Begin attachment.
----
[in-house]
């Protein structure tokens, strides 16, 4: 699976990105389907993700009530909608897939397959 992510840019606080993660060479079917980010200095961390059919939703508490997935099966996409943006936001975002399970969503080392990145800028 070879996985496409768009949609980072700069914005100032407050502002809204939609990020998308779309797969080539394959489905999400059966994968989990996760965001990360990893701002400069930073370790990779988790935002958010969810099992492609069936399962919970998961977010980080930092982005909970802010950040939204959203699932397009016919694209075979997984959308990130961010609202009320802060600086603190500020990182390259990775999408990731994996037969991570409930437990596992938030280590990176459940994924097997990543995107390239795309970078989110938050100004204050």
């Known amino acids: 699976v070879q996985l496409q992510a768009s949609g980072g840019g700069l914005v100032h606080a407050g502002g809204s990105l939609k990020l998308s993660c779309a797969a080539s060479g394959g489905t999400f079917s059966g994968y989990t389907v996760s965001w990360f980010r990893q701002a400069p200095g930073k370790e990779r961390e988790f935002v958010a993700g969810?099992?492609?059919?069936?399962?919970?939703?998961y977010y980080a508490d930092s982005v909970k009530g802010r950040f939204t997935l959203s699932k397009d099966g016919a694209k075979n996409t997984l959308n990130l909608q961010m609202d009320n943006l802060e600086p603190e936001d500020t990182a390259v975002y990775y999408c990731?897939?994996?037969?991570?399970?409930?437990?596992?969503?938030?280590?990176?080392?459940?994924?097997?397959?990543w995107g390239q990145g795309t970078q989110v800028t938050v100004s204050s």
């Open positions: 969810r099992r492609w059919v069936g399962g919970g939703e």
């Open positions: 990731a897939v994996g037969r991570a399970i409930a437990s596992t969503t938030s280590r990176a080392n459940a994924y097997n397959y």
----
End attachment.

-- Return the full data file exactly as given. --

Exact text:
[in-house]
């Protein structure tokens, strides 16, 4: 699976990105389907993700009530909608897939397959 992510840019606080993660060479079917980010200095961390059919939703508490997935099966996409943006936001975002399970969503080392990145800028 070879996985496409768009949609980072700069914005100032407050502002809204939609990020998308779309797969080539394959489905999400059966994968989990996760965001990360990893701002400069930073370790990779988790935002958010969810099992492609069936399962919970998961977010980080930092982005909970802010950040939204959203699932397009016919694209075979997984959308990130961010609202009320802060600086603190500020990182390259990775999408990731994996037969991570409930437990596992938030280590990176459940994924097997990543995107390239795309970078989110938050100004204050």
């Known amino acids: 699976v070879q996985l496409q992510a768009s949609g980072g840019g700069l914005v100032h606080a407050g502002g809204s990105l939609k990020l998308s993660c779309a797969a080539s060479g394959g489905t999400f079917s059966g994968y989990t389907v996760s965001w990360f980010r990893q701002a400069p200095g930073k370790e990779r961390e988790f935002v958010a993700g969810?099992?492609?059919?069936?399962?919970?939703?998961y977010y980080a508490d930092s982005v909970k009530g802010r950040f939204t997935l959203s699932k397009d099966g016919a694209k075979n996409t997984l959308n990130l909608q961010m609202d009320n943006l802060e600086p603190e936001d500020t990182a390259v975002y990775y999408c990731?897939?994996?037969?991570?399970?409930?437990?596992?969503?938030?280590?990176?080392?459940?994924?097997?397959?990543w995107g390239q990145g795309t970078q989110v800028t938050v100004s204050s």
């Open positions: 969810r099992r492609w059919v069936g399962g919970g939703e």
């Open positions: 990731a897939v994996g037969r991570a399970i409930a437990s596992t969503t938030s280590r990176a080392n459940a994924y097997n397959y």